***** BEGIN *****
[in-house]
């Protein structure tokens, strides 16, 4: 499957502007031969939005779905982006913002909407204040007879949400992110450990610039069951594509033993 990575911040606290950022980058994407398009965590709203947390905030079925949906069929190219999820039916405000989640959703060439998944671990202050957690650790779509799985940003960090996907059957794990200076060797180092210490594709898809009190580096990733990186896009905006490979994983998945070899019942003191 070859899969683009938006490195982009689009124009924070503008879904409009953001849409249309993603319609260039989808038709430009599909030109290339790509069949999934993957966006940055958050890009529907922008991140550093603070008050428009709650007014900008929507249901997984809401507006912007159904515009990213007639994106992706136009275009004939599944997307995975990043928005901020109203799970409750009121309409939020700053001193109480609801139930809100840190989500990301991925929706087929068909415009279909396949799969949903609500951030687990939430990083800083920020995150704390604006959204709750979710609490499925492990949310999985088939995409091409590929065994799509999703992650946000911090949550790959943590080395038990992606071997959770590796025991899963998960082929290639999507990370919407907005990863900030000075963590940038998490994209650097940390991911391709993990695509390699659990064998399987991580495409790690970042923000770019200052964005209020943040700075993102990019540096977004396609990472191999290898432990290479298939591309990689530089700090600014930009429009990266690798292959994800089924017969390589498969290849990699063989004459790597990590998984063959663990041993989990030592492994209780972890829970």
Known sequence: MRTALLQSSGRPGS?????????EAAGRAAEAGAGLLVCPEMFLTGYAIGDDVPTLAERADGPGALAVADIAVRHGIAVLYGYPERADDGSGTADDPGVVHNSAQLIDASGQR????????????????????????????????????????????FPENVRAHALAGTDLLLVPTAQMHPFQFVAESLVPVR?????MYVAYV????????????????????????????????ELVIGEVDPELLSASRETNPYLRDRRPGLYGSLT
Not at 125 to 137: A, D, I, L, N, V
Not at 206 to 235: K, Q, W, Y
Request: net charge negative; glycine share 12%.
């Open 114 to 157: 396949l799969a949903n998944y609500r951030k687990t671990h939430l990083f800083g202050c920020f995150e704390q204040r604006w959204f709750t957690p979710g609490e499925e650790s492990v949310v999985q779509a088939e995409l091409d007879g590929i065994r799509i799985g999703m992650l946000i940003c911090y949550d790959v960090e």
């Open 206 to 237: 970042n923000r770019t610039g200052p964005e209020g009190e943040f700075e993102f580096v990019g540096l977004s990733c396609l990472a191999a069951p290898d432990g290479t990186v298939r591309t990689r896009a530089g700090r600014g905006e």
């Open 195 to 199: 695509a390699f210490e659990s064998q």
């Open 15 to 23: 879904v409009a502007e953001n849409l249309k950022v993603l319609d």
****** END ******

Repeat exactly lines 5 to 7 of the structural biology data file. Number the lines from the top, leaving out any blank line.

Not at 206 to 235: K, Q, W, Y
Request: net charge negative; glycine share 12%.
């Open 114 to 157: 396949l799969a949903n998944y609500r951030k687990t671990h939430l990083f800083g202050c920020f995150e704390q204040r604006w959204f709750t957690p979710g609490e499925e650790s492990v949310v999985q779509a088939e995409l091409d007879g590929i065994r799509i799985g999703m992650l946000i940003c911090y949550d790959v960090e």